PROVIDENCE, RI.- The RISD Museum of Art
presents The Brilliant Line: Following the Early Modern Engraver, 1480-1650, featuring 85 objects from the RISD Museum’s outstanding collection of Renaissance and Baroque prints—until now unpublished and rarely viewed—as well as objects from major public institutions such as the National Gallery of Art, and the Metropolitan Museum of Art. Visitors to the exhibition will receive a privileged view into this prized resource. Although most people see and even touch an engraving every day—US currency and many stamps are engraved on steel—few artists work in the medium today. In the Renaissance engraving was new, and one of the world’s first reproducible art forms, full of possibility for the spread of designs of all types throughout Europe.
The Brilliant Line focuses on the height of the medium, from 1480 to 1650, when engravers made dramatic and rapid visual changes to engraving technique as they responded to the demands of reproducing artworks in other media. The Brilliant Line follows these visual transformations and offers new insight into the special inventiveness and technical virtuosity of Renaissance and Baroque (Early Modern) engravers. The exhibition will travel to the Block Museum of Art, Northwestern University, Evanston, IL in April, 2010.
Renaissance engravings, objects of exquisite beauty and incomparable intricacy, are composed entirely of lines. Using a burin (a metal tool with a lozenge-shaped tip), an engraver carves recessed grooves into a copperplate. After the plate is inked and its flat surfaces wiped clean, the copperplate is forced through a press against dampened paper, onto which the ink pulled from inside the lines transfers, printing the incised image in reverse. Artists began using this intaglio process in Europe as early as 1430.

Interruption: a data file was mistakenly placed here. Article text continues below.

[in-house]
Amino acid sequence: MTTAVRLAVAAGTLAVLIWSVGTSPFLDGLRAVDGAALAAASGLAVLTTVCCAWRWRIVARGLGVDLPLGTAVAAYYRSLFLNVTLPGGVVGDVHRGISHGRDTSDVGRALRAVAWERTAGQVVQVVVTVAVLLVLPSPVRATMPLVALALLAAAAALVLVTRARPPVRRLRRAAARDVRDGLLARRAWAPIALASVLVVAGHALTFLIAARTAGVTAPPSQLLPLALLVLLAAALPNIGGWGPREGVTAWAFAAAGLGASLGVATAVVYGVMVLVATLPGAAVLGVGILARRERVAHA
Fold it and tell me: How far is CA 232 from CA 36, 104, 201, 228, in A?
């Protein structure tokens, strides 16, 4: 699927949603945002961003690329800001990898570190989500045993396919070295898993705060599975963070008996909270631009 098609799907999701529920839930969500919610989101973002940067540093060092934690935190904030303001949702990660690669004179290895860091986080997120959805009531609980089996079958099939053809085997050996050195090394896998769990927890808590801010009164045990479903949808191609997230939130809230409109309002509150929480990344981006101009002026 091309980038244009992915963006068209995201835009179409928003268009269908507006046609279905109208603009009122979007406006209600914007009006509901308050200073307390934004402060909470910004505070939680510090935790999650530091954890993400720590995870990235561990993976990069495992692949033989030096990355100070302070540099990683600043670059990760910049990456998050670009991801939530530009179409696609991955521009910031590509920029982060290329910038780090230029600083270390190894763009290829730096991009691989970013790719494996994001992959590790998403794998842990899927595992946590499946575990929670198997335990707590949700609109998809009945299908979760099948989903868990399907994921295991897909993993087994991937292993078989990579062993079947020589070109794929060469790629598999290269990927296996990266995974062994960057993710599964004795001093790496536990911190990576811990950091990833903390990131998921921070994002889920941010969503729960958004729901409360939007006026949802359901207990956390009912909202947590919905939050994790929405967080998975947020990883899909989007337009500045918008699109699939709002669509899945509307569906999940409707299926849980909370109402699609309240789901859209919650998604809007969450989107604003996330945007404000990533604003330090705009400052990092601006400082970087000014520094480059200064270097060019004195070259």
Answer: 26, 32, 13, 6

Engravers learned quickly from one another by buying and trading engravings and meeting fellow practitioners on transcontinental travels. The exhibition takes an international approach, following connections among engravers from Nuremberg, to Rome, to Paris, and the cumulative effects of the knowledge they shared. Objects on view lay out the medium’s continuities, or “systems”—those visual tricks that responded so well to the pictorial problems of tone, texture, and volume—while highlighting the exceptional ingenuity of individual engravers. Visitors will be invited to think about the relationships between spectacular prints by Albrecht Dürer and Marcantonio Raimondi, Cornelis Cort and Agostino Carracci, or Martin Schongauer and Robert Nanteuil. Where many Renaissance print exhibitions have emphasized the regional specificity of particular schools, assembling all printmaking techniques together, this exhibition outlines the fluid geography of engraving and the particular history of one medium as it was shaped by its specific applications and circumstances of production.
The exhibition also features an exciting collaboration between Associate Curator Emily Peters and RISD Associate Professor of Printmaking Andrew Raftery, a practicing engraver. Raftery redrew and analyzed several engravings in the show, creating an interactive in-gallery and online Flash program that allows visitors to visually unpack engraving’s complex visual language. A video features Raftery engraving and printing. Through this and other key comparisons in the gallery, the exhibition brings the early modern engraver’s working process to life. The online component may be found at www.risdmuseum.org/